Postby ahduth » Tue Apr 26, 2011 12:57 pm

reversejinx wrote:
ahduth wrote:I doubt it. When I went through the attorney rosters of the big Cali firms, I looked at CLS, NYU and Penn. CLS and NYU had roughly equal representation, with Penn far behind. Michigan probably places better than Penn, but I doubt it does as well as CLS/NYU? Maybe it does - I'd just check their websites for Michigan grads and see how it looks.


I've done that, and it looks... confusing. For example, Gibson Dunn had 77 NYU grads, and 35 Michigan grads. MoFo had 62 NYU, 36 Mich. Latham had 119 NYU and 86 Mich. Even in Chicago, Sidley had 73 NYU and 57 Mich. Even after dividing by class size, the numbers still favor NYU, although in some instances only marginally.

Does this mean that NYU actually places better than Michigan at all top firms, even outside of NYC? Or is there some self selection going on? How do I make sense of these numbers when NLJ250 has NYU and Michigan roughly around 43%?


I dunno, when you just look at MoFo associates, the difference is even more marked. There are 12 Michigan associates, and more NYU associates than I was inclined to count.

It's entirely possible that some of the Michigan NLJ250 placements are with more regional firms - people from Pittsburgh going back to Pittsburgh maybe? Whereas NYU's placements are more concentrated with bigger firms? I didn't know how to read it either, it's impossible to weed out self-selection. It may be that people from the West Coast are more inclined to go to NYU than Michigan, then they head back home there? But people would be inclined to take NYU over Michigan anyhow, because it's a T6. Which only brings you back to your original question lol.

You can conjecture extensively, but there are clearly NYU attorneys heading out to California, and lower tier non-California schools don't seem to be sending as many.

bdubs
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Re: NYU v. Michigan

Postby bdubs » Tue Apr 26, 2011 1:09 pm

ahduth wrote:
reversejinx wrote:
ahduth wrote:I doubt it. When I went through the attorney rosters of the big Cali firms, I looked at CLS, NYU and Penn. CLS and NYU had roughly equal representation, with Penn far behind. Michigan probably places better than Penn, but I doubt it does as well as CLS/NYU? Maybe it does - I'd just check their websites for Michigan grads and see how it looks.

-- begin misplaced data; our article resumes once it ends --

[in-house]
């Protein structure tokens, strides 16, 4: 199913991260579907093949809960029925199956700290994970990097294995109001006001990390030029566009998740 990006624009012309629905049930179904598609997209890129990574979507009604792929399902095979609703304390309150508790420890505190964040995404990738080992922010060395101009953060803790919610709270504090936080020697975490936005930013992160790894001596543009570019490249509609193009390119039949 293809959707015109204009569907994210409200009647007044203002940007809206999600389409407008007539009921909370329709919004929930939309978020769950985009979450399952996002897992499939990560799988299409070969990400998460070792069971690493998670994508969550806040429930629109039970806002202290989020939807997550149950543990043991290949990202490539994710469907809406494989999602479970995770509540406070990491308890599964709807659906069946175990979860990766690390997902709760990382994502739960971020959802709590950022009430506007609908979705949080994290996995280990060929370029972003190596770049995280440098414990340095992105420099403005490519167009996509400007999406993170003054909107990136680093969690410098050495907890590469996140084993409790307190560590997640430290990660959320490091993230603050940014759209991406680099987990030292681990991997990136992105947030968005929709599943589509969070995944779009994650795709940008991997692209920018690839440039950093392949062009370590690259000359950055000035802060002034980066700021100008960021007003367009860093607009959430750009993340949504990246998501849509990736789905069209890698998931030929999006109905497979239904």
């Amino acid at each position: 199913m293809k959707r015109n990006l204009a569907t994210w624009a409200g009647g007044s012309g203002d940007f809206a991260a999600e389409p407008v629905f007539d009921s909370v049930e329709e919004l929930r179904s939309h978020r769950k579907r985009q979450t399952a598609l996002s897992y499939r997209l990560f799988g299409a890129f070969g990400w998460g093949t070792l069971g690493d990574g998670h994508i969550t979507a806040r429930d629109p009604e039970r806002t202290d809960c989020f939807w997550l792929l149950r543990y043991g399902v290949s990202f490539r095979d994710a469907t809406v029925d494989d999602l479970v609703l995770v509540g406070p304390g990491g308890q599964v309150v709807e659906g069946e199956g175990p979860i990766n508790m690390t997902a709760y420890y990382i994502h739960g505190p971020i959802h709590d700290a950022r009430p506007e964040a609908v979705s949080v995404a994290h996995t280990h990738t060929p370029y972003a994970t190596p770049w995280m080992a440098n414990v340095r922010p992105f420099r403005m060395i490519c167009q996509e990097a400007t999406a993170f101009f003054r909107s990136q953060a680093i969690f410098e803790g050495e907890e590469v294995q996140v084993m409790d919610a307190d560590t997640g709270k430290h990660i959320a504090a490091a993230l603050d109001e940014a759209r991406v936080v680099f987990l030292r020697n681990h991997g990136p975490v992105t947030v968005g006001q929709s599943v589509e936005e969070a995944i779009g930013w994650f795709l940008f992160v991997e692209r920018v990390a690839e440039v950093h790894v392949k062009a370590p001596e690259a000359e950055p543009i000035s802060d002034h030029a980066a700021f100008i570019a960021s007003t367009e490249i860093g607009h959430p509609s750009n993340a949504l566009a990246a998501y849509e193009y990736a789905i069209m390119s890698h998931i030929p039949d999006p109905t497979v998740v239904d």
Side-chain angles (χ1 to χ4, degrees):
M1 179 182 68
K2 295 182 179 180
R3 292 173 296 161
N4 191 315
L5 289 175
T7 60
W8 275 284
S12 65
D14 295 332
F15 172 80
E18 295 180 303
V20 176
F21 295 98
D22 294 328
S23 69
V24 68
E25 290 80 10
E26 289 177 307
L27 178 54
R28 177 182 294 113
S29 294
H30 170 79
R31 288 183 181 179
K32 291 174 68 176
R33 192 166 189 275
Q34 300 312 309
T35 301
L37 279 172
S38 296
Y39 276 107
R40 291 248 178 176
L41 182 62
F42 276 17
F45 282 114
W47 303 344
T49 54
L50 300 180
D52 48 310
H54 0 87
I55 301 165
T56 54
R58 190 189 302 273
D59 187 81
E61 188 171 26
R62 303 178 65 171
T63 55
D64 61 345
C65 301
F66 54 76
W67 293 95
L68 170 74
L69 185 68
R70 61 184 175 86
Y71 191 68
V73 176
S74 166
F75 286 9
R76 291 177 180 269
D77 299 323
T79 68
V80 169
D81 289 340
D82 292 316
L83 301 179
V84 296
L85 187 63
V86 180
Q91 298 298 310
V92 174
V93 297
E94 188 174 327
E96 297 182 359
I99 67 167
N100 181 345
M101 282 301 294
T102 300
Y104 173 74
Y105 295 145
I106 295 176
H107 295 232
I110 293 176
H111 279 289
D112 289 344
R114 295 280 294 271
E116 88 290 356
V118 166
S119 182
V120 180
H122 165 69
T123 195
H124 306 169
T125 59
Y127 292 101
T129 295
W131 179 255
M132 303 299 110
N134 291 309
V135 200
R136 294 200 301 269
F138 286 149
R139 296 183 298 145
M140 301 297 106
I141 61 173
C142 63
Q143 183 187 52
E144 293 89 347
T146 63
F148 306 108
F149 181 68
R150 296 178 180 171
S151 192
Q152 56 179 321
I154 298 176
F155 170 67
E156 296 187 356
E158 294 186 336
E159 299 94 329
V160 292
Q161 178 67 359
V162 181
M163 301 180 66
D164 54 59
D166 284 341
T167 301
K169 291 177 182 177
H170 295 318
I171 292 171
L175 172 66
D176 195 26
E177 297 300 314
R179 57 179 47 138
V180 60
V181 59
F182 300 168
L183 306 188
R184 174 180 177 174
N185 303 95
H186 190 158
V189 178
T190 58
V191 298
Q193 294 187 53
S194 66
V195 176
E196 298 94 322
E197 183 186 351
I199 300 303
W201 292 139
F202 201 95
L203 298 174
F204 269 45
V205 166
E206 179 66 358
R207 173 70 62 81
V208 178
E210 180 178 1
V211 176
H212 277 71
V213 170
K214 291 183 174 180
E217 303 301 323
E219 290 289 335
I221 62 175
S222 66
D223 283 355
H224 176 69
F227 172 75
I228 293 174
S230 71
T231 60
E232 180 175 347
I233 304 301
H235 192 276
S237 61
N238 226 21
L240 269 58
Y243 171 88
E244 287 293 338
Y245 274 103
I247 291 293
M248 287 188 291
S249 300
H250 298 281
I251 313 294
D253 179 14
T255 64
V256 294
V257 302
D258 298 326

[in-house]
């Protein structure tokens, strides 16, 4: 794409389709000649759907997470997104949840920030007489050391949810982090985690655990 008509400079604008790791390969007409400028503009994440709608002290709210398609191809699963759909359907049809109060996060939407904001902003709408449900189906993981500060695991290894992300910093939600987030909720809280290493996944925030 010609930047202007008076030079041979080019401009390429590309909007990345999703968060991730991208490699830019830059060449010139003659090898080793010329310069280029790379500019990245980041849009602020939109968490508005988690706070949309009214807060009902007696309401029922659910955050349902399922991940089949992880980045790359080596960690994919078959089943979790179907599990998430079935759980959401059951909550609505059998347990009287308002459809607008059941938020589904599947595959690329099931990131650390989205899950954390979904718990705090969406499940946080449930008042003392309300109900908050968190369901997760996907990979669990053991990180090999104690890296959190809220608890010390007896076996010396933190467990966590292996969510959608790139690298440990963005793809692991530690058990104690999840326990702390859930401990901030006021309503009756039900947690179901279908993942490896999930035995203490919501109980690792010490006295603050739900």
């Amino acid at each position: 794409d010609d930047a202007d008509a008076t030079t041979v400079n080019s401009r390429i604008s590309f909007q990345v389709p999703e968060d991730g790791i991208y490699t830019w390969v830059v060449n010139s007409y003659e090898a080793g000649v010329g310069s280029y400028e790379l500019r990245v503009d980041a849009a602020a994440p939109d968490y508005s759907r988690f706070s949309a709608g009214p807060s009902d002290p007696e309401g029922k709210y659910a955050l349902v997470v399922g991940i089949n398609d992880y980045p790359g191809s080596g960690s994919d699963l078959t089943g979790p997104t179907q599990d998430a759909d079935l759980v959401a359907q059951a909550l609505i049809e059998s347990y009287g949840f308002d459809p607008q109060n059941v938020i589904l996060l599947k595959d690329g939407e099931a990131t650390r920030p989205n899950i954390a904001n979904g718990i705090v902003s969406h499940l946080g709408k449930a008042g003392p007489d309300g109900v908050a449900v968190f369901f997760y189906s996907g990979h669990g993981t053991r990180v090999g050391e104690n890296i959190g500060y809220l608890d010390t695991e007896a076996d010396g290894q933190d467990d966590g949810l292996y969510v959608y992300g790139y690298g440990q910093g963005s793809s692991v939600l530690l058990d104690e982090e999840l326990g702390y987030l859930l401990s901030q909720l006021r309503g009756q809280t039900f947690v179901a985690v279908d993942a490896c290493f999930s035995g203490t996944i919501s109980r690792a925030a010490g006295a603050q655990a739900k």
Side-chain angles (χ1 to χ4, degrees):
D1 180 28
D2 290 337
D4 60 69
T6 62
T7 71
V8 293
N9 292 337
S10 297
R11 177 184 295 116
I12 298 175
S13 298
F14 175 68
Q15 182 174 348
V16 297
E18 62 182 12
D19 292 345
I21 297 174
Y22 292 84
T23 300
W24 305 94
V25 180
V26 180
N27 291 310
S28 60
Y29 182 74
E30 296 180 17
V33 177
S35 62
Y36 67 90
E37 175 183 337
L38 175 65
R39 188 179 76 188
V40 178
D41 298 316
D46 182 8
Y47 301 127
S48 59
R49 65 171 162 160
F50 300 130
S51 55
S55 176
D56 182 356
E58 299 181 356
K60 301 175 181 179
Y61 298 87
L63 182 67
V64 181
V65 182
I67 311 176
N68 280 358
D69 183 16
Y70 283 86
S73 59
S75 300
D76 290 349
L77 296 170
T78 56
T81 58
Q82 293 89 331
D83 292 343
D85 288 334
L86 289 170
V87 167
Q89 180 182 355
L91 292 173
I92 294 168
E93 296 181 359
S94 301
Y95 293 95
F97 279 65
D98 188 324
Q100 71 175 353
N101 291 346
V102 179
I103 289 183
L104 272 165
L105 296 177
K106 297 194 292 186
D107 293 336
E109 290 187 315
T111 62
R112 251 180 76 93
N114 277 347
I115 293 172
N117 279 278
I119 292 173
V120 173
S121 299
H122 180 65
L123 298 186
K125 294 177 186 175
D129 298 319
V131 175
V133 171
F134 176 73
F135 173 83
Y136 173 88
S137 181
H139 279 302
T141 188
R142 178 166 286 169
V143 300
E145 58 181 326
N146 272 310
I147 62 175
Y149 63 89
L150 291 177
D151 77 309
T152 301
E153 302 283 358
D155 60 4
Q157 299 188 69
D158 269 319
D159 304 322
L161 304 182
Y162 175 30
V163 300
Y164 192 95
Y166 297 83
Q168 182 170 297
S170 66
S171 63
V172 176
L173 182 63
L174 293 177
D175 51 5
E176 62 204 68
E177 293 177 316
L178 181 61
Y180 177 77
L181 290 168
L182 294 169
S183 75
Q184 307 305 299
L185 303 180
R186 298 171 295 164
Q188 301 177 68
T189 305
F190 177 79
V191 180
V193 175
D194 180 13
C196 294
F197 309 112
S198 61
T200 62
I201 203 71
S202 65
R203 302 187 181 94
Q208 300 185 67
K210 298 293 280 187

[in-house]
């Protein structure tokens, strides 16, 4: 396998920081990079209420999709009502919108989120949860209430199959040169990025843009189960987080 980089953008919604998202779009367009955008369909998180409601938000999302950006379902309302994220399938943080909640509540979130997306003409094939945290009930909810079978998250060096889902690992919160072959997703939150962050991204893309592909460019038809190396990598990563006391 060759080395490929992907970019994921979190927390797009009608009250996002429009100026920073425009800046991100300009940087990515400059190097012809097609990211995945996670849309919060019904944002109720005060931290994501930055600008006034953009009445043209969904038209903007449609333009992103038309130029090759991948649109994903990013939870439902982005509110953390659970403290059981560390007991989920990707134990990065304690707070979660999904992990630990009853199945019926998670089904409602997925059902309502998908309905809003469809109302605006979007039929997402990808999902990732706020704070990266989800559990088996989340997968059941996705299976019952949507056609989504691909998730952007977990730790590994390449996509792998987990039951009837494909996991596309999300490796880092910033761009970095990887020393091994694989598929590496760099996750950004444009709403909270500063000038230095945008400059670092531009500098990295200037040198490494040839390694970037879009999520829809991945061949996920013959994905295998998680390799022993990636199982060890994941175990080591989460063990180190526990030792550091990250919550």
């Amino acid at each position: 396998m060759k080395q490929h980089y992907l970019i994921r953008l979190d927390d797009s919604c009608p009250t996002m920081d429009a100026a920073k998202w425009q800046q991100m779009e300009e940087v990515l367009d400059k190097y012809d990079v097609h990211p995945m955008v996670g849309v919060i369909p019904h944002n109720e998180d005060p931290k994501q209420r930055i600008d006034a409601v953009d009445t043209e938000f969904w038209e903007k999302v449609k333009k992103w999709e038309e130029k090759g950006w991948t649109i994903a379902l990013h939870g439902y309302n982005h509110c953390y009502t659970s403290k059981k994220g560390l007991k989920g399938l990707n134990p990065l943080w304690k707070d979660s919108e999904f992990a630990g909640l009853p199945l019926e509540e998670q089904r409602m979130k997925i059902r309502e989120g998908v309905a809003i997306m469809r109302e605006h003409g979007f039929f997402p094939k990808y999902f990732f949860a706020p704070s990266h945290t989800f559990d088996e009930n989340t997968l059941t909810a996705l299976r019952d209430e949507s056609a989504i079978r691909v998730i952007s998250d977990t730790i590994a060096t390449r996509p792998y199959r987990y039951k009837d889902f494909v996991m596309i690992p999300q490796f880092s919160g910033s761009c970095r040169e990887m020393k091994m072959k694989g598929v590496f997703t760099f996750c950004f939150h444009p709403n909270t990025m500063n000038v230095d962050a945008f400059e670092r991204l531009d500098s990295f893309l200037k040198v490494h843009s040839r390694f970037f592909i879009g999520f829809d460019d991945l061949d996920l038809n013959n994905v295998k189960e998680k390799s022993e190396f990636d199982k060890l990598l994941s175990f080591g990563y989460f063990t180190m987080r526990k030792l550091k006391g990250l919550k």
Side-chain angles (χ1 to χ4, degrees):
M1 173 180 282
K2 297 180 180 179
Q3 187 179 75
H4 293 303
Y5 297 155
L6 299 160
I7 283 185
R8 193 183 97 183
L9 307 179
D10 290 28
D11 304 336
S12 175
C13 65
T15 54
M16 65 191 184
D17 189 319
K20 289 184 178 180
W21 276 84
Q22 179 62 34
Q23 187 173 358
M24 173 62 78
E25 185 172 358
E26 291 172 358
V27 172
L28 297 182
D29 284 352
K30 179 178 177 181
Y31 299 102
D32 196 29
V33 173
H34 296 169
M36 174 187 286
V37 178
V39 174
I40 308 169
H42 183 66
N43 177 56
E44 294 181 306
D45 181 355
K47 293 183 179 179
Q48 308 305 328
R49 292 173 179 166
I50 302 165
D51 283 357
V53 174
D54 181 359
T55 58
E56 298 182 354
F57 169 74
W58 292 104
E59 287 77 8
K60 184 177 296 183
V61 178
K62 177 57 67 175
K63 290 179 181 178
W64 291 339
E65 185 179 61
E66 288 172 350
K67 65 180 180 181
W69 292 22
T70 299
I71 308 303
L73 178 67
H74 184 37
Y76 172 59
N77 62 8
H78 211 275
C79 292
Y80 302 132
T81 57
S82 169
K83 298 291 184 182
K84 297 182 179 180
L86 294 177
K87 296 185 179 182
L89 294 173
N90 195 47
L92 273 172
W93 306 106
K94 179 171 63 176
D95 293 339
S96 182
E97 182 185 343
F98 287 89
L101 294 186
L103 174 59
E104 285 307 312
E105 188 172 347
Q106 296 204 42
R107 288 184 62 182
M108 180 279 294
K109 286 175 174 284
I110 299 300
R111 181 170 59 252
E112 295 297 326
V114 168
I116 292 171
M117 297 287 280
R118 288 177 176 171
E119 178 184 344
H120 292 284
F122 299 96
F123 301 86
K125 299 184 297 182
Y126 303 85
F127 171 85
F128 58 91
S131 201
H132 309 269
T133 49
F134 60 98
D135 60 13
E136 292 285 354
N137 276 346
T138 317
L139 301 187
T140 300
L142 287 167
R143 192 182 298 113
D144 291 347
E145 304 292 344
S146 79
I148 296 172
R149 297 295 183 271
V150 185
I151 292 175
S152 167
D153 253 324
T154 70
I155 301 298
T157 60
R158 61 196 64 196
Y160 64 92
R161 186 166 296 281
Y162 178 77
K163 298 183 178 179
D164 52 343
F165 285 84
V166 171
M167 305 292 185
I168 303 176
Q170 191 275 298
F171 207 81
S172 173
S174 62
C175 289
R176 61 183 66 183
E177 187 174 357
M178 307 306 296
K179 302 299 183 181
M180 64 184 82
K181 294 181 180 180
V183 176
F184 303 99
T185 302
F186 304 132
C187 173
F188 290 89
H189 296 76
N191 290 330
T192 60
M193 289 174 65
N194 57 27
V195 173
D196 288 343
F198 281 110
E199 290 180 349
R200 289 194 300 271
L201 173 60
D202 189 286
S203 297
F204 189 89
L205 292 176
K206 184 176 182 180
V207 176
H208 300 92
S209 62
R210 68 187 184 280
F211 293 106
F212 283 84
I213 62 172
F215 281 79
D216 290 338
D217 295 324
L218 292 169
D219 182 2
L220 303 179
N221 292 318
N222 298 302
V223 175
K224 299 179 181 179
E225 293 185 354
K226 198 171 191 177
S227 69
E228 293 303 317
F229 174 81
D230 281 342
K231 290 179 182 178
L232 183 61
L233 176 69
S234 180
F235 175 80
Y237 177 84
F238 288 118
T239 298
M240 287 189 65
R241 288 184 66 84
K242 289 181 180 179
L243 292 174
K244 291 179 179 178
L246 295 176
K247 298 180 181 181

I've done that, and it looks... confusing. For example, Gibson Dunn had 77 NYU grads, and 35 Michigan grads. MoFo had 62 NYU, 36 Mich. Latham had 119 NYU and 86 Mich. Even in Chicago, Sidley had 73 NYU and 57 Mich. Even after dividing by class size, the numbers still favor NYU, although in some instances only marginally.

Does this mean that NYU actually places better than Michigan at all top firms, even outside of NYC? Or is there some self selection going on? How do I make sense of these numbers when NLJ250 has NYU and Michigan roughly around 43%?


I dunno, when you just look at MoFo associates, the difference is even more marked. There are 12 Michigan associates, and more NYU associates than I was inclined to count.

It's entirely possible that some of the Michigan NLJ250 placements are with more regional firms - people from Pittsburgh going back to Pittsburgh maybe? Whereas NYU's placements are more concentrated with bigger firms? I didn't know how to read it either, it's impossible to weed out self-selection. It may be that people from the West Coast are more inclined to go to NYU than Michigan, then they head back home there? But people would be inclined to take NYU over Michigan anyhow, because it's a T6. Which only brings you back to your original question lol.

You can conjecture extensively, but there are clearly NYU attorneys heading out to California, and lower tier non-California schools don't seem to be sending as many.


Where are you guys looking? I only see 4 associates from either school at the San Francisco office of MoFo, two each in Palo Alto, and Michigan has three to NYU's zero in LA. It seems to be the New York MoFo office that is overrun with NYU grads.

Almost every large firm has a relatively sizable New York office, so looking at absolute counts of associates is not very helpful.

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ahduth
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Re: NYU v. Michigan

Postby ahduth » Tue Apr 26, 2011 1:14 pm

bdubs wrote:
ahduth wrote:
reversejinx wrote:
ahduth wrote:I doubt it. When I went through the attorney rosters of the big Cali firms, I looked at CLS, NYU and Penn. CLS and NYU had roughly equal representation, with Penn far behind. Michigan probably places better than Penn, but I doubt it does as well as CLS/NYU? Maybe it does - I'd just check their websites for Michigan grads and see how it looks.


I've done that, and it looks... confusing. For example, Gibson Dunn had 77 NYU grads, and 35 Michigan grads. MoFo had 62 NYU, 36 Mich. Latham had 119 NYU and 86 Mich. Even in Chicago, Sidley had 73 NYU and 57 Mich. Even after dividing by class size, the numbers still favor NYU, although in some instances only marginally.

Does this mean that NYU actually places better than Michigan at all top firms, even outside of NYC? Or is there some self selection going on? How do I make sense of these numbers when NLJ250 has NYU and Michigan roughly around 43%?


I dunno, when you just look at MoFo associates, the difference is even more marked. There are 12 Michigan associates, and more NYU associates than I was inclined to count.

It's entirely possible that some of the Michigan NLJ250 placements are with more regional firms - people from Pittsburgh going back to Pittsburgh maybe? Whereas NYU's placements are more concentrated with bigger firms? I didn't know how to read it either, it's impossible to weed out self-selection. It may be that people from the West Coast are more inclined to go to NYU than Michigan, then they head back home there? But people would be inclined to take NYU over Michigan anyhow, because it's a T6. Which only brings you back to your original question lol.

You can conjecture extensively, but there are clearly NYU attorneys heading out to California, and lower tier non-California schools don't seem to be sending as many.